GOTV: A Brief Overview (+ Best Practices)
What is GOTV?
For those that haven’t heard the acronym “GOTV” before, it stands for “Get Out The Vote” — essentially, it refers to all the strategies that campaigns and organizations use to persuade and remind voters to get out to their polling places on Election Day.
GOTV efforts are crucial in the weeks before any election. Persuasion and passive voters aren’t enough to win an election — the success or failure of a campaign depends on voters coming out to the polls.
Common GOTV Strategies
- Canvassing is what a lot of people first think of in terms of GOTV — knocking on doors and talking to voters. This is the most consistently effective GOTV method.
- Phone calls to remind and encourage people to vote — recording, paid phone bank, or volunteers
- Social pressure messaging uses a social approach to GOTV rather than a responsibility or candidate based approach. For example, a social pressure mail piece might remind recipients that whether or not they vote is public information.
- Door hangers, print pieces that hang on doorknobs, force people to see and interact with them, unlike emails and more so than direct mail. Because they often stay in the same place for some amount of time, door hangers often reach more than one person in a household.
- Online mobilization is a newer GOTV method, which can include using social media, display ads, and other forms of digital communication. Have you seen “Find my polling place” and “make sure you’re registered to vote” ads online? These are part of online GOTV mobilization.
GOTV Best Practices
- Recruit and mobilize volunteers. Active volunteers are an invaluable part of any campaign. Not only are they much more affordable than hiring full-time staff or professional phone banks, but they’re also more likely to be excited and passionate about their cause or candidate. Mobilizing volunteers is a great first step to highly effective GOTV strategies, such as door-to-door canvassing and phone calls.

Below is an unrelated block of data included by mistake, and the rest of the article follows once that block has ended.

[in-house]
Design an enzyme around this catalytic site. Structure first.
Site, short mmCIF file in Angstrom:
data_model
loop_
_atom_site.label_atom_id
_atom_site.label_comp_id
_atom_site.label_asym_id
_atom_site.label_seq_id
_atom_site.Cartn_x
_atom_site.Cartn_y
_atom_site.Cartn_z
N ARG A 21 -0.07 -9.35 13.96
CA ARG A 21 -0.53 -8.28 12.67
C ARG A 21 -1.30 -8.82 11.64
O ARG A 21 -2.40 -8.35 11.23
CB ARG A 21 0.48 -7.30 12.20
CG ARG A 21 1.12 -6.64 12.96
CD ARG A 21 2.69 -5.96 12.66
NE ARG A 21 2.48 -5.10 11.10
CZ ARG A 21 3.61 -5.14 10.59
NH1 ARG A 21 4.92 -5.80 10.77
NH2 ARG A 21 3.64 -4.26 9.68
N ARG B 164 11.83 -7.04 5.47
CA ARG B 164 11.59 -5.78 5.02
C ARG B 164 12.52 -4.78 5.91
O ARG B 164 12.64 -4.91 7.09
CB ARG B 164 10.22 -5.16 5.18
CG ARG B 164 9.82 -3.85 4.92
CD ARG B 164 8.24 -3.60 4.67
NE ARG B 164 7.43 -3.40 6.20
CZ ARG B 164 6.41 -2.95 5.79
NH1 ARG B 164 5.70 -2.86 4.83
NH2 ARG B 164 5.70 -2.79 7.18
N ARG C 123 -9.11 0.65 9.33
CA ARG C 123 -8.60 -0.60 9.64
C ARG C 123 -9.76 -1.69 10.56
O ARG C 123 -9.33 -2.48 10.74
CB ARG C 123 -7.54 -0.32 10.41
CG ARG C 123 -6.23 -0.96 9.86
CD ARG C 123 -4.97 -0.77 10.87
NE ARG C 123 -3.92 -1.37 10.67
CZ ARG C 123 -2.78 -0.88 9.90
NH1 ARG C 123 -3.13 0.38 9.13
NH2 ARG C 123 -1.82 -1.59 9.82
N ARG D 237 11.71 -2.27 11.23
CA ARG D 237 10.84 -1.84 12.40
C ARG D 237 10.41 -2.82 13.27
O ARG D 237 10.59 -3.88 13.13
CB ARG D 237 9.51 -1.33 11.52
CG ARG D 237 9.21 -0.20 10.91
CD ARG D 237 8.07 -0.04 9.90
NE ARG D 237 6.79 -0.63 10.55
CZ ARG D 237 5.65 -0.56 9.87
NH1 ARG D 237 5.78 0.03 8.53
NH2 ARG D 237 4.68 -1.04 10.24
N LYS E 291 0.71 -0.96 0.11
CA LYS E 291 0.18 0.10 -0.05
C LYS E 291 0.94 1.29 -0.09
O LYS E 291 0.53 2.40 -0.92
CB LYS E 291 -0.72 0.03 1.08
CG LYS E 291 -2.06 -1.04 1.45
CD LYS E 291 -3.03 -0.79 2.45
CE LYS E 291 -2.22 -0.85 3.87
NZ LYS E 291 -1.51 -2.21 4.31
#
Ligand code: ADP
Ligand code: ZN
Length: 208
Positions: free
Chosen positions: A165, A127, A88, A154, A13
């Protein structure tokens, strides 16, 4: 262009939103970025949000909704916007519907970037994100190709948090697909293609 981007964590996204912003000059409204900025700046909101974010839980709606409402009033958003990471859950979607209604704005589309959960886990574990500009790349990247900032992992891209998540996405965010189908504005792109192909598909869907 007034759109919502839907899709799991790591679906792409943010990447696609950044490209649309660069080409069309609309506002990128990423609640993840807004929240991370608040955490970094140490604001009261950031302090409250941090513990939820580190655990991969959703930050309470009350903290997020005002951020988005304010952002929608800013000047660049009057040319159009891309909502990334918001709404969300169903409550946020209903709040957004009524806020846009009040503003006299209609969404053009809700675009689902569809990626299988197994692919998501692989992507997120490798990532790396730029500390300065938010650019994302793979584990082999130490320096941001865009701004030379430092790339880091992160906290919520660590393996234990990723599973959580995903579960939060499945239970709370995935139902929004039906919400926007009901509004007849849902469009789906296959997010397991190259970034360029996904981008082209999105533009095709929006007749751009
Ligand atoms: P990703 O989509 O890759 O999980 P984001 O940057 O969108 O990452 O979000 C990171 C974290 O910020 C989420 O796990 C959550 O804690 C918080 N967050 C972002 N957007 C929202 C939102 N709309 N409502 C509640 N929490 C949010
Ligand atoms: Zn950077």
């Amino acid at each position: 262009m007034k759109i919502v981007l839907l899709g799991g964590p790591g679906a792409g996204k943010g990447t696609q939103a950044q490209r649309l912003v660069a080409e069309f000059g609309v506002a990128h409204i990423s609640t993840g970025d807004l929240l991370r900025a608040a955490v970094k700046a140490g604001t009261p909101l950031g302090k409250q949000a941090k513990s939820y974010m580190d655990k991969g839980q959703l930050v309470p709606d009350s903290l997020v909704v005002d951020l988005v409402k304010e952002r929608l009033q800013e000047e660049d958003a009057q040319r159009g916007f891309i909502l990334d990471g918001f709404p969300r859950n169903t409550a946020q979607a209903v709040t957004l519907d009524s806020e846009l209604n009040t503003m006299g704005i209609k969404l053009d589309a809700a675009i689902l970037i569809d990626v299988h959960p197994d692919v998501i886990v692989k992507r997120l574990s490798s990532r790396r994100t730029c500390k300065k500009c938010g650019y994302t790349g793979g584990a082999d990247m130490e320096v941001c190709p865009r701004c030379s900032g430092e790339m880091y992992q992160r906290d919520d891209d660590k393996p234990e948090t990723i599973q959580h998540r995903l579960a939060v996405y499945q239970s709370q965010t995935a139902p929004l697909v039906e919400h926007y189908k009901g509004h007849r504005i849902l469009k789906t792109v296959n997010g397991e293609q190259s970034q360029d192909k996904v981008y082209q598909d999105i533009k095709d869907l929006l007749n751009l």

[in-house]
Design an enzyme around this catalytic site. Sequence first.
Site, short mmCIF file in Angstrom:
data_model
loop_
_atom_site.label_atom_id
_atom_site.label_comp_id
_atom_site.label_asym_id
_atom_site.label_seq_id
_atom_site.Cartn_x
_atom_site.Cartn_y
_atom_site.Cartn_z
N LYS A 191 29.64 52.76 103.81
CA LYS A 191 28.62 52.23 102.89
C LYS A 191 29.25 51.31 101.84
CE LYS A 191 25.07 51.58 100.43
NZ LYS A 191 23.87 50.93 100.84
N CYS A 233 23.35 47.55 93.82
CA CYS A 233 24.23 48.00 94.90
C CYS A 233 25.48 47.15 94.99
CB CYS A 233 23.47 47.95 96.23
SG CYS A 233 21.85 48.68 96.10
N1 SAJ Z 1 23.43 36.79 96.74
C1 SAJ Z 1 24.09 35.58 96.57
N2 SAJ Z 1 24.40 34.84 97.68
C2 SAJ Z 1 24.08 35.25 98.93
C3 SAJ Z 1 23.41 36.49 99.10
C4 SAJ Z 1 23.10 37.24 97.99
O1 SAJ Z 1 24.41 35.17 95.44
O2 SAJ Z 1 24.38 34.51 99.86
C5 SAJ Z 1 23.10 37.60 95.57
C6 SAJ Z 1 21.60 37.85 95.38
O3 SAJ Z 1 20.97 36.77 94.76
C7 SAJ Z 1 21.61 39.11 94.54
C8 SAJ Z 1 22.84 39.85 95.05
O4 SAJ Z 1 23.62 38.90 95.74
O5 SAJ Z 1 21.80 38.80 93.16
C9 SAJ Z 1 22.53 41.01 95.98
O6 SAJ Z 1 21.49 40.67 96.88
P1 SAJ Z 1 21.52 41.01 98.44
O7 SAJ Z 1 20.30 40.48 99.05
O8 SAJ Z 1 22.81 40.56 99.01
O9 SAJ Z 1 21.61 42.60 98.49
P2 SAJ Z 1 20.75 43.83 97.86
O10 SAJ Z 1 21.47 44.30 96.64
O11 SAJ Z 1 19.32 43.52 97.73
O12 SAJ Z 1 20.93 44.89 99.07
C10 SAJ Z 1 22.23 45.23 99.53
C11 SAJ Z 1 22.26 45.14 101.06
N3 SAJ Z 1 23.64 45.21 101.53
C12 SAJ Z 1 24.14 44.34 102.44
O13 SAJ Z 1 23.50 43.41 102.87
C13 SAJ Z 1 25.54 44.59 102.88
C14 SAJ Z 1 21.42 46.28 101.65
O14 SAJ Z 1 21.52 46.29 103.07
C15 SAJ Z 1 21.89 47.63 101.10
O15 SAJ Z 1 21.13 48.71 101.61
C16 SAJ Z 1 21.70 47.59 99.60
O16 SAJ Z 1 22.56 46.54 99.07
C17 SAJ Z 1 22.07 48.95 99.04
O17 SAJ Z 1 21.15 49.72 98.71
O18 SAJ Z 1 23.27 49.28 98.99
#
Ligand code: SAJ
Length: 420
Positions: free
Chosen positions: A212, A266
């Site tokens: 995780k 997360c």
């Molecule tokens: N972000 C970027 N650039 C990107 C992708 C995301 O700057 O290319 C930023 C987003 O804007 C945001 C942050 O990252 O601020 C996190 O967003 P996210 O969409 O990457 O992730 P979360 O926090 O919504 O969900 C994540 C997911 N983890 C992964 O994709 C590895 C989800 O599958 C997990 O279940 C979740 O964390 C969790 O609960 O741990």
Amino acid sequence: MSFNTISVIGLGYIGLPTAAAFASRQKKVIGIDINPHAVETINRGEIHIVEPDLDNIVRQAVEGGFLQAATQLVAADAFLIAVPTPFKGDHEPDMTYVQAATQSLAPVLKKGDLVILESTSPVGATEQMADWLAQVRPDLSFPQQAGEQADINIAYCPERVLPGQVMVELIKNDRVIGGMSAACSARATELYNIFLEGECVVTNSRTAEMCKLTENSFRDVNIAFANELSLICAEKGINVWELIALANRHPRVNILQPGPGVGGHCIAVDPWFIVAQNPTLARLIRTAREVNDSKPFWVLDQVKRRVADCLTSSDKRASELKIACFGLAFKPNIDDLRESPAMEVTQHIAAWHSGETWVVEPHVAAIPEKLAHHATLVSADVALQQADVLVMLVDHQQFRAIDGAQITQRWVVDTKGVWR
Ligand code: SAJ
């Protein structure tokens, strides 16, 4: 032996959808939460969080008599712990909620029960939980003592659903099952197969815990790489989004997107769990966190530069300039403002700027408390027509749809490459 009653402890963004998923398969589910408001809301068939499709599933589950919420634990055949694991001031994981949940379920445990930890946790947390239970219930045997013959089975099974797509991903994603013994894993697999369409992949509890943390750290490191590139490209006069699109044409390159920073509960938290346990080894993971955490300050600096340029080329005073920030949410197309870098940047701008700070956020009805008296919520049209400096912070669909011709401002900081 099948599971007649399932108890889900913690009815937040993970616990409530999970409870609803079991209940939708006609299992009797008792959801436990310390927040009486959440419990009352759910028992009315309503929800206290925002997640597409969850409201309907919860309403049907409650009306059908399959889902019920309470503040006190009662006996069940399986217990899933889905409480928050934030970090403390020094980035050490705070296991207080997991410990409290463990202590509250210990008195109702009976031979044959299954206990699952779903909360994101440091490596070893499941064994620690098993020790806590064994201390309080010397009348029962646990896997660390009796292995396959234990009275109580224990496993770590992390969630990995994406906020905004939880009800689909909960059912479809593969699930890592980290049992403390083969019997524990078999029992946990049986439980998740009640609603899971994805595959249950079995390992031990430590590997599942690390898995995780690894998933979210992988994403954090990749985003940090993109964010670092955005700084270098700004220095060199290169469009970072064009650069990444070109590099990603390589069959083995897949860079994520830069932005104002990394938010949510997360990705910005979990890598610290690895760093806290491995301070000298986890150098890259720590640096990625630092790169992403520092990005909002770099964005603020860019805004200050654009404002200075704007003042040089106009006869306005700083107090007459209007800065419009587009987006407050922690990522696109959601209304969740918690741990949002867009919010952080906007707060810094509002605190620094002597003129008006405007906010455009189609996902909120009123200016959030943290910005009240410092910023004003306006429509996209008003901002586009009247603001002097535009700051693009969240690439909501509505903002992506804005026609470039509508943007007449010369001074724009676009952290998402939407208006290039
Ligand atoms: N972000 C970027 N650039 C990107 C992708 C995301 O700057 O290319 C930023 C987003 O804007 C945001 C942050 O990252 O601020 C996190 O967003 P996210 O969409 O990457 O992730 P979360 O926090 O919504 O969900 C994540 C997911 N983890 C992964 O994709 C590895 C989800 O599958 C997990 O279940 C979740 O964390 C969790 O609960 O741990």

- Use social pressure and influence. Social pressure is an effective and often affordable way to encourage people to get out to the polls. Social networking is a great tool for GOTV strategies, because they reach individuals’ built-in networks for less money and time. For example, even the trend of taking selfies with “I Voted!” stickers can help create social pressure and incentive to vote.
- Use pledge cards. Pledge cards are essentially campaign literature pieces that ask supporters to commit to vote for a specific candidate. Campaigns generally collect these after voters fill out their pledge and contact information, and then send them back out to the voters as Election Day approaches, reminding them of their commitment to head to the polls.
- Create personalized messages. Research has shown that personalized communication is highly effective, especially face to face or over the phone. And not only do personalized messages work best, impersonal messages (such as robocalls and mass email blasts) have been shown to be ineffective. While conversations are likely to stick in your memory, mass emails and pre-recorded messages are more likely to be perceived as minor annoyances and are easily forgettable.
Each of these strategies and best practices have been shown to help get voters to the polls on Election Day, with varying levels of effectiveness. The best way to mobilize voters is to reach out using multiple different strategies, communicating through multiple media and channels for the best turnout.
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